By Misión Verdad – Jul 19
Throughout the course of many years of diplomatic attacks on Chavismo, several countries have clearly undermined the historical process that led to international conventions on the right to political asylum, and have manipulated it for opportunistic ends to degrade the comprehensive security of Venezuela.
This should be understood in the context of Venezuela’s accusations in several widely reported cases, in which Venezuelan opposition actors have been sheltered by foreign governments through various provisions. In addition, under legal or quasi-legal conditions of protection, these actors have continued to promote the destabilization of Venezuela.
The cases are as diverse as the destabilization mechanisms in which its actors have participated. Let’s review the most significant examples:
Julio Borges. In 2018 Julio Borges was identified by the Venezuelan government as one of the masterminds of the failed drone assassination of President Nicolás Maduro and the political-military high command. After an international tour as a lobbyist for the coercive and unilateral measures that today oppress the Venezuelan population, Borges played a part in the planning of the assassination attempt, in Colombia.
In 2018, the Supreme Court of Justice authorized Borges’s extradition request from Colombia to bring him to justice for these allegations, but President Iván Duque refused, declaring to the press that “we are not going to extradite Julio Borges. We are not going to extradite a politically persecuted [individual] so that a dictatorship abuses his human rights.”
The Colombian government granted Borges the status of diplomatic asylum, under which he has enjoyed privileged conditions, including privileges beyond the international norms, such as travel outside of Colombia, and his participation in “political work.” Borges continues to actively align himself with interests against the Venezuelan economy, such as promoting the theft of Venezuelan gold that was deposited in United Kingdom’s Bank of England, an act that constitutes an act of Treason according to Venezuelan laws.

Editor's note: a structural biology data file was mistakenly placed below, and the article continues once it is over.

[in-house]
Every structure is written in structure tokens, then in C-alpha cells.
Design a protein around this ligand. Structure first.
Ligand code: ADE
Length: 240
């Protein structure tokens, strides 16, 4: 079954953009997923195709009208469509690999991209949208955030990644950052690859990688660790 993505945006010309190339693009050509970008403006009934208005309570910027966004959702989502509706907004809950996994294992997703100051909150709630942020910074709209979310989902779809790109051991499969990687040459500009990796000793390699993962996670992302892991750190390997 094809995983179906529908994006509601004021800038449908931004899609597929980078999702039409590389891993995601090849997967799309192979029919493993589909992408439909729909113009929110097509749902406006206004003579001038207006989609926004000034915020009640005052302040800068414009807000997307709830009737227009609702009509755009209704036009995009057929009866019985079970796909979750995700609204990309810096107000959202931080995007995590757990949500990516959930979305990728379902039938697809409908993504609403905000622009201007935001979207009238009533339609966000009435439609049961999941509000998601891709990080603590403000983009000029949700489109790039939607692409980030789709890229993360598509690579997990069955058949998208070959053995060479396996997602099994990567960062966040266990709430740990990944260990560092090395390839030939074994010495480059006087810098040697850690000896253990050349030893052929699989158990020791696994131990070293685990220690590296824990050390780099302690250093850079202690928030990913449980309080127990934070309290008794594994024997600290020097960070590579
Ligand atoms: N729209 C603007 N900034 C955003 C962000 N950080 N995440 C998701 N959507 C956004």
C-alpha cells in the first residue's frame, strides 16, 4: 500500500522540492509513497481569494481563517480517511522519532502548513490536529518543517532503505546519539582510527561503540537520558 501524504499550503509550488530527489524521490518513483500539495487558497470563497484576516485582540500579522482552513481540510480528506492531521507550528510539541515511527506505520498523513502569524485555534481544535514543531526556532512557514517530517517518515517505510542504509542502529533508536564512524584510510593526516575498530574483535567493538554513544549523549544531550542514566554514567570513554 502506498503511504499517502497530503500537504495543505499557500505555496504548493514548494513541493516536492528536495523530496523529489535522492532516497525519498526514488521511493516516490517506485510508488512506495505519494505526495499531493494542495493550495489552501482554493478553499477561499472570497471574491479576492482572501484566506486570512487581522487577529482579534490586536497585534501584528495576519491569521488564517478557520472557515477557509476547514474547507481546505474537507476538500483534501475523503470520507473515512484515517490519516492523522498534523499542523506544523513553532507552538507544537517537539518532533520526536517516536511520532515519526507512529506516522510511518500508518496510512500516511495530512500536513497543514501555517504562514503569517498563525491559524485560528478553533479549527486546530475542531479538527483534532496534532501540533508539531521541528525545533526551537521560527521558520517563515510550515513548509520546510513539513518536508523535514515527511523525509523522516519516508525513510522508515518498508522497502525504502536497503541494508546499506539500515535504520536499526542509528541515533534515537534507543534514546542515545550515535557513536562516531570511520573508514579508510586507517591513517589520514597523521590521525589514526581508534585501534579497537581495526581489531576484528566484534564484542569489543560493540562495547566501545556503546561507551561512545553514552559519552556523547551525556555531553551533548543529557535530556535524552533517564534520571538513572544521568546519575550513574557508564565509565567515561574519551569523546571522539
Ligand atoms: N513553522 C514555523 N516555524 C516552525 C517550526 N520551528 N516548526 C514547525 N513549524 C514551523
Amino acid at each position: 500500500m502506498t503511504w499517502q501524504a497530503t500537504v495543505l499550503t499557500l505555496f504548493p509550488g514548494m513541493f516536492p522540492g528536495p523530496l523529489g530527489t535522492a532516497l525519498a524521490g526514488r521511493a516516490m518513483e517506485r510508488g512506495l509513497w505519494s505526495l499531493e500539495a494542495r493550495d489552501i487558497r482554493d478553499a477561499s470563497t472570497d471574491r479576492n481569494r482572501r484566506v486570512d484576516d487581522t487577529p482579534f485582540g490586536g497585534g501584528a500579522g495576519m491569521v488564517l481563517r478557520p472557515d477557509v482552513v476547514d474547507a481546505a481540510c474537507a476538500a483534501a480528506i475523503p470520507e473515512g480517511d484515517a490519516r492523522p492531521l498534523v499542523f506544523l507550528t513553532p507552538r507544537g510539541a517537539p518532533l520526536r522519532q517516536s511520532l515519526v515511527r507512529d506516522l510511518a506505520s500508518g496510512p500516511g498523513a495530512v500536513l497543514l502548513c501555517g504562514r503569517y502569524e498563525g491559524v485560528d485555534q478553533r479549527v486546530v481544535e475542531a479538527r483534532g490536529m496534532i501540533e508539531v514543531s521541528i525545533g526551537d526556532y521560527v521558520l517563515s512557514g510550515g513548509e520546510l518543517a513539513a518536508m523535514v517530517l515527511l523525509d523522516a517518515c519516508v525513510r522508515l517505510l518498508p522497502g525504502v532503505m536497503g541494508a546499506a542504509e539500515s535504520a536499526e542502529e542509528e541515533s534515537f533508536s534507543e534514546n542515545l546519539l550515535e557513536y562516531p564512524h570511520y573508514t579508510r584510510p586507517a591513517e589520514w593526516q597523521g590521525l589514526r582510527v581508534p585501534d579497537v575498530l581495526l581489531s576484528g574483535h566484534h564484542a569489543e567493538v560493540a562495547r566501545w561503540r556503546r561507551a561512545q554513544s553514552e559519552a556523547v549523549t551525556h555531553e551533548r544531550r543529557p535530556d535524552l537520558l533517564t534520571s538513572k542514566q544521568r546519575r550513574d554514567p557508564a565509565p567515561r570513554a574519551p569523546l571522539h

Antonio Ledezma. After escaping the house arrest he enjoyed in 2017, Ledezma made a journey to Colombia and then to Spain, where he ended up asking for political asylum. Ledezma was being investigated for his involvement in the so-called “Blue Coup,” also known as Operation Jericó, foiled in 2015.
Ledezma participated in a conspiracy with several officers of the Bolivarian Air Force (the name of the operation is derived from the blue color of the airmen’s uniform), including the former General Oswaldo Hernández, to attack key points in Caracas using a Tucano attack aircraft.
Since his asylum in Spain, Ledezma has been part of various political operations against the Venezuelan government. Ledezma abrogated himself a position of spokesperson for Venezuelans from abroad and lobbied in favor of the US blockade against the Venezuelan economy. He even starred in the failed experiment of “president in charge,” prior to the implementation of the parallel government of Juan Guaidó. Ledezma proposed to get hold of Venezuela’s sovereign assets abroad long before Guaidó, but did not have the support to do so.
Currently, he maintains a politically active position, but without a foothold in the internal politics of Venezuela. Ledezma’s asylum status is one of privilege. People from his closest family circle have been prosecuted by the Spanish courts for corruption and money laundering, but Ledezma continues without an openly declared investigation against him, and remains firmly in place as a Venezuelan foothold in Spain.
The case of the Chilean Embassy in Caracas. The diplomatic headquarters of the Republic of Chile in Caracas has been in the news again as they welcomed Emilio Graterón as a “guest.” Graterón stands accused by the Venezuelan authorities of networking with armed criminal groups from Cota 905 and other Caracas parishes to instigate politically motivated armed confrontations in the capital.
RELATED CONTENT: Venezuela Condemns Chile’s Granting of Political Asylum to Another Fugitive Accused of Cota 905 Terrorism
Graterón joins the list of fugitive anti-Chavistas who have entered the Chilean Embassy, alongside Manuel Avendaño, another leader of the Popular Will party, who has been in the diplomatic headquarters for almost two years.
COPEI party leader Roberto Enríquez has also been a refugee there for four years. In addition, Freddy Guevara was also welcomed for three years as a guest, finally departing in September 2020 after receiving a pardon from Miraflores.
Anti-Chavistas with the status of “guests” at the Chilean Embassy in Caracas have not been exempt from political engagement. The case of Freddy Guevara is the most notable, as Guevara made use of the diplomatic headquarters to send messages on social media networks and organized meetings with other political actors.
In fact, the Chilean Embassy in Caracas has all the characteristics of a hotel for anti-Chávez actors who have been accused of serious crimes, while the evidence against them is ignored by Chilean diplomacy when it received these asylees.